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Weather, water and malaria mosquito larvae : the impact of meteorological factors on water temperature and larvae of the Afro-tropical malaria vector Anopheles gambiae Giles

  • Paaijmans, K.P.
Publication Date
Jan 01, 2008
Wageningen University and Researchcenter Publications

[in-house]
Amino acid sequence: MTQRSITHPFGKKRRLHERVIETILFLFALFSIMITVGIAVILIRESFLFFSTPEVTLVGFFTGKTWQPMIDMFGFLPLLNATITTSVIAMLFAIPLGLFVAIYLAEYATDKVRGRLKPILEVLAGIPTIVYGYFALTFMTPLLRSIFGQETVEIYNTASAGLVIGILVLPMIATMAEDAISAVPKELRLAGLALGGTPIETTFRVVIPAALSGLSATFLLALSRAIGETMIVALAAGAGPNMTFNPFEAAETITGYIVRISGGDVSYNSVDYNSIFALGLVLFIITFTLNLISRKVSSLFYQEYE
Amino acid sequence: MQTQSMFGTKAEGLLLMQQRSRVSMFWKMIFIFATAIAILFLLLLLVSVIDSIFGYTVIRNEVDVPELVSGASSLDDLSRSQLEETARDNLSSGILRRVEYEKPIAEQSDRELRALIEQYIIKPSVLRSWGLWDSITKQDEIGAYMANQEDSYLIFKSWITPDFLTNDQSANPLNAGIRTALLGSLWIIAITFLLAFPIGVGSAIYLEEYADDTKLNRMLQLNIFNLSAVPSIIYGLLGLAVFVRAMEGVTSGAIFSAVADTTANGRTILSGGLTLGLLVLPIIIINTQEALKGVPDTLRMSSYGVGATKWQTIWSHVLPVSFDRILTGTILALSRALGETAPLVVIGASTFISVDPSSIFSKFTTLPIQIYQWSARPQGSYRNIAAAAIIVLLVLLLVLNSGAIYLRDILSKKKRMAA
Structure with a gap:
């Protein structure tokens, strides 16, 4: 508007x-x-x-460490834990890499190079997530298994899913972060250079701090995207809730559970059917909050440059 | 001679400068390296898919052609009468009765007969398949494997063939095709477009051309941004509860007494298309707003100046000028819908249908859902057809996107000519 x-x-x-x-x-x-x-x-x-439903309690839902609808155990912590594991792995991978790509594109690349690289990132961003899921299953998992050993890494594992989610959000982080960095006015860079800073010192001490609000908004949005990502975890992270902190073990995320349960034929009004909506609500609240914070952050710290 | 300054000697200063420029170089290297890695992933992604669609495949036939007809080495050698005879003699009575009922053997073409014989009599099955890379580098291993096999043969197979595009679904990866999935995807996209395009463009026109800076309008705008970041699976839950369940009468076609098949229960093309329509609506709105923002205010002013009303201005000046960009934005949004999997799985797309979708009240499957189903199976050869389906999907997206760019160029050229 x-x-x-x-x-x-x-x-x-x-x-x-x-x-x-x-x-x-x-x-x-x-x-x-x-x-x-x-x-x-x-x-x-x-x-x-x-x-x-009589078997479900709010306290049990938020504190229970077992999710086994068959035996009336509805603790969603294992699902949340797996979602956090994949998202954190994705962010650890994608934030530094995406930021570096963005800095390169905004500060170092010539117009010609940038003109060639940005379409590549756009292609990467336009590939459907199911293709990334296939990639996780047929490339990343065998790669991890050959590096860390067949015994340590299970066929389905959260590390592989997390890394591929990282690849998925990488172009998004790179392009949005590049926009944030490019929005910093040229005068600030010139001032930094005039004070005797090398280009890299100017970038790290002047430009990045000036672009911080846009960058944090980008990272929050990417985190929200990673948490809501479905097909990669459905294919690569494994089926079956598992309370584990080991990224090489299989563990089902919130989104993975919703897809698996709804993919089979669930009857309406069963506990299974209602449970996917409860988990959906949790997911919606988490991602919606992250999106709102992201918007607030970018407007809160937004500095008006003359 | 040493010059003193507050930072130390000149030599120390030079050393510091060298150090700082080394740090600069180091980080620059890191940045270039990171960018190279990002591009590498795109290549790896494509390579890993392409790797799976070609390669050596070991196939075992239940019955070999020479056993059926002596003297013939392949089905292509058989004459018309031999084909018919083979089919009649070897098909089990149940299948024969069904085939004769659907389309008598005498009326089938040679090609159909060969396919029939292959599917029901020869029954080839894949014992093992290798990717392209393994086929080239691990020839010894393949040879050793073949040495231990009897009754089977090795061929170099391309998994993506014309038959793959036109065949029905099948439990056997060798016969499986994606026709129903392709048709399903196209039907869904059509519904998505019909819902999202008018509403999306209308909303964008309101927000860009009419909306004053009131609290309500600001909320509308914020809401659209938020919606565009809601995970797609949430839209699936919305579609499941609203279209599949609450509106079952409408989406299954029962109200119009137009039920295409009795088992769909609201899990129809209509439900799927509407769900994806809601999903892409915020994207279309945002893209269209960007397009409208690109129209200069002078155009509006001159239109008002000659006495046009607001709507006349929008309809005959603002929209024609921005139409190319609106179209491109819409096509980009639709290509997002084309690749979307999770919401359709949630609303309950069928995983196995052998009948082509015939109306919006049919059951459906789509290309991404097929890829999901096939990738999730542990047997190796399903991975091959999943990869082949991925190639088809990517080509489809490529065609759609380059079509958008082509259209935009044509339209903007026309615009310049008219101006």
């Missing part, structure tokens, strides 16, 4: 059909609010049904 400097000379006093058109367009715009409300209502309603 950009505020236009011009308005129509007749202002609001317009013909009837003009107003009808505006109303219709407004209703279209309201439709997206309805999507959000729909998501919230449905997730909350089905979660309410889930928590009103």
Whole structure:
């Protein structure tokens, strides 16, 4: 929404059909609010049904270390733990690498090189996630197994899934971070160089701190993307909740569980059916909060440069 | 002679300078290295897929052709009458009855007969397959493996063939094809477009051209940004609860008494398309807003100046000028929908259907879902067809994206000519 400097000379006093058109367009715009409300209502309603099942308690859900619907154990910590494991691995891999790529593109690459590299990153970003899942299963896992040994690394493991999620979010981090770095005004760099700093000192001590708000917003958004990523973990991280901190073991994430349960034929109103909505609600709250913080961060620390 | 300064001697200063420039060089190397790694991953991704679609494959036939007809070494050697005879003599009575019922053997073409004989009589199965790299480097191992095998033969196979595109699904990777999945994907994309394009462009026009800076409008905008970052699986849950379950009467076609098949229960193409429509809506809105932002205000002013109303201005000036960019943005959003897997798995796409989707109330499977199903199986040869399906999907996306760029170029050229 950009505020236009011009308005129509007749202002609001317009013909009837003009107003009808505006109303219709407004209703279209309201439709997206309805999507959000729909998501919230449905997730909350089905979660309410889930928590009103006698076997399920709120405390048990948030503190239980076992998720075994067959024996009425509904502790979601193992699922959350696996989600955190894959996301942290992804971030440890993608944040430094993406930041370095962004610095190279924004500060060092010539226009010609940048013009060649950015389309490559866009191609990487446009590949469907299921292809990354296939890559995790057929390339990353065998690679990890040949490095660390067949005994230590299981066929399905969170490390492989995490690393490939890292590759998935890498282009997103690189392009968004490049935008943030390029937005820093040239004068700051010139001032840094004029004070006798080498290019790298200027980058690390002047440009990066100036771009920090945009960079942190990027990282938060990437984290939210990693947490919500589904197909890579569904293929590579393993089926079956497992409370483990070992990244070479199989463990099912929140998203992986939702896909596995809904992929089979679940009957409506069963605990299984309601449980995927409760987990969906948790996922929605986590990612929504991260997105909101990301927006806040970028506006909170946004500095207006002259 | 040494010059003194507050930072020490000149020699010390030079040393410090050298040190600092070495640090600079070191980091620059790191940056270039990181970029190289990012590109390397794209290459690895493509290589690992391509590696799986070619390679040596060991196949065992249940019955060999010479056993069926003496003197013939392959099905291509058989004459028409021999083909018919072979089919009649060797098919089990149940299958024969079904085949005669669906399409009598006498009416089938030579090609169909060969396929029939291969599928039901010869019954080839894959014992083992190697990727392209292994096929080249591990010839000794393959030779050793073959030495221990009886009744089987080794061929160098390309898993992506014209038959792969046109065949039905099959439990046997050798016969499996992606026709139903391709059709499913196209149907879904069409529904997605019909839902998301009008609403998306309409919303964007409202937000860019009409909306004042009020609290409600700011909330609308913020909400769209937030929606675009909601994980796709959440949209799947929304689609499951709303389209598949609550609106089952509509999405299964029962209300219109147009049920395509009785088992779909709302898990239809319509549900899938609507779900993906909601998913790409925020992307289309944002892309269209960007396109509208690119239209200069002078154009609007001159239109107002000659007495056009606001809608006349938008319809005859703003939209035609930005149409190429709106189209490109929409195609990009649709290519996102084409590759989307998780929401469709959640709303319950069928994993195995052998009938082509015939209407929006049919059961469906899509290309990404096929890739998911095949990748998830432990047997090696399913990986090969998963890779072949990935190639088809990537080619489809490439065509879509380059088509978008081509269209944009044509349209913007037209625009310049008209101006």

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Malaria control using drug treatment and insecticide-impregnated nets or the treatment of mosquito resting sites with long-lasting insecticides are increasingly failing, as drug-resistant parasites emerge and mosquito vectors develop resistance against insecticides. Because malaria is one of the most important infectious diseases in the world, affecting over 350 million and killing over one million people annually, alternative control strategies have been introduced or are under development. Malaria control methods that aim to reduce adult vector populations by targeting their aquatic immature stages are gaining ground. These aquatic stages determine the abundance, dynamics and fitness of mosquito adults and, hence, affect the transmission of malaria. A better fundamental understanding of the biology and ecology of these essential stages could contribute to the implementation of current control methods and to the development of novel strategies. A better understanding of the factors that affect the life-history characteristics of mosquito larvae could furthermore improve current models that assess malaria risk but often do not incorporate the immature stages of the malaria vectors. The aim of this thesis was to study the effects of physical and biological factors on the biology and ecology of immature stages of the malaria vectors Anopheles arabiensis and An. gambiae, the most broadly distributed and most efficient vectors of malaria in sub-Saharan Africa. This thesis shows how meteorological variables can affect the life-history characteristics of larvae of An. arabiensis and An. gambiae and the temperature of their aquatic environment. Meteorological variables and water temperature in differently-sized, semi-natural habitats, which were exposed to the ambient environment, were studied in western Kenya, as well as the growth, development and survival of the immature stages of the malaria vectors in identical habitats. As temperature is an important determinant in the growth, development and survival of malaria mosquito larvae, more accurate measurements are needed of the temperature fluctuations to which these larvae are exposed on a daily basis. Such measurements in clear, semi-natural water bodies are shown in Chapter 2. The diurnal water temperature dynamics in the smallest habitat differed on both a spatial and a temporal scale from that in larger water bodies. Combining these water temperature data with local meteorological data, a model was developed that accurately predicts the daily fluctuations of the water temperature (Chapter 2). Water temperature dynamics were furthermore affected by habitat turbidity: Turbid water bodies had a higher near-surface water temperature during daytime than clear water bodies of identical dimensions (Chapter 3). In addition to the physical experiments, biological experiments were conducted in identical water bodies. Larvae were reared in similar transparent plastic cups that floated in habitats of different sizes, to assess the impact of diurnal water temperature variations on the life-history characteristics of the larvae (Chapter 4, 5). The larval development rate of both species was positively correlated with the size of a habitat: larvae developed more quickly into adults when amplitude of the daily fluctuations of the water temperature decreased (Chapter 4). When the larvae occupied turbid water, their growth and development rates decreased compared to those in clear water. An. gambiae furthermore showed a reduction in larval survivorship in turbid water. As both species frequently co-exist in larval habitats, the effects of competition between both species were assessed. When larvae of An. arabiensis and An. gambiae shared a habitat, their development rate was significantly affected, but in opposite ways: The larval development rate of An. arabiensis decreased whereas the larval development rate of An. gambiae increased. Moreover, in the smallest water bodies, the mortality of both species seemed to increase when they shared a habitat (Chapter 5). Finally, the direct effect of rainfall on the survival of An. gambiae larvae was examined. There were high additional losses of larvae during nights with rainfall compared to dry nights (Chapter 6). The findings described in this thesis demonstrate that biotic and abiotic factors can significantly affect the growth, development and survival of the aquatic stages of malaria mosquitoes in an important but complex way. Future studies on malaria epidemiology and malaria control should consider these factors in order to improve malaria risk predictions and to successfully incorporate the immature stages of the mosquitoes in malaria intervention strategies. As species-specific interactions occur, which may give cause to differential development, detailed knowledge at species level is required before interventions are implemented.

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